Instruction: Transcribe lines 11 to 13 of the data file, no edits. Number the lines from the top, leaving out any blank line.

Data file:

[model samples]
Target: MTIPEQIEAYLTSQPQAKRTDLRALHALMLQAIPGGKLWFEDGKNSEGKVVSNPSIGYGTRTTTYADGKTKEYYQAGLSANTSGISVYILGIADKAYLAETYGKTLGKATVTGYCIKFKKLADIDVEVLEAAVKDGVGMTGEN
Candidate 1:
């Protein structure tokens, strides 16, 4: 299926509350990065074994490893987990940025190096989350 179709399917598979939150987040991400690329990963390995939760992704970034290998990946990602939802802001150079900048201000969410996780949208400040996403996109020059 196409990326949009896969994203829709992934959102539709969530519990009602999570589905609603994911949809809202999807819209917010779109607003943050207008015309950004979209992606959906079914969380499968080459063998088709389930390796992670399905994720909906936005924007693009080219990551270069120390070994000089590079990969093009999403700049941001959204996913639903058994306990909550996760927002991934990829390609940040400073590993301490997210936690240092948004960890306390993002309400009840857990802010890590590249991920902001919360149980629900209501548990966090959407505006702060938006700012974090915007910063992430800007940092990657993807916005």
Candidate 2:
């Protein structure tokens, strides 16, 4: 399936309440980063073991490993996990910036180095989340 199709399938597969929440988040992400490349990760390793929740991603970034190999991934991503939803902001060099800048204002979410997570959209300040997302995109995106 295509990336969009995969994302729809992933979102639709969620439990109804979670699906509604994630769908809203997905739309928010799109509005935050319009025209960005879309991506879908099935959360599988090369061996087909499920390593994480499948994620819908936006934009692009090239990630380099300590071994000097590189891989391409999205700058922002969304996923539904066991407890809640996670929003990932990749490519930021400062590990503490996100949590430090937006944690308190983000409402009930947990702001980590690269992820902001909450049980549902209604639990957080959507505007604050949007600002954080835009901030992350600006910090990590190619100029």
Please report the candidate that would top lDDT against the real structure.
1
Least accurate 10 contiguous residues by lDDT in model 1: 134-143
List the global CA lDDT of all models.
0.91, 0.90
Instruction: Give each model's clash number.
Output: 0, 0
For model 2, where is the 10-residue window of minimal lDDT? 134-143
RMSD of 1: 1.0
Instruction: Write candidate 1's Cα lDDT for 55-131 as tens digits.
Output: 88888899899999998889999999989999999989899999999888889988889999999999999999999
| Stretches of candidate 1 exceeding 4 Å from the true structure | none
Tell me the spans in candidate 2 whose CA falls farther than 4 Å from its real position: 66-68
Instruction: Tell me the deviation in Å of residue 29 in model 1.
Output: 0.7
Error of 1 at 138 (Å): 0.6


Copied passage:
0.91, 0.90
Instruction: Give each model's clash number.
Output: 0, 0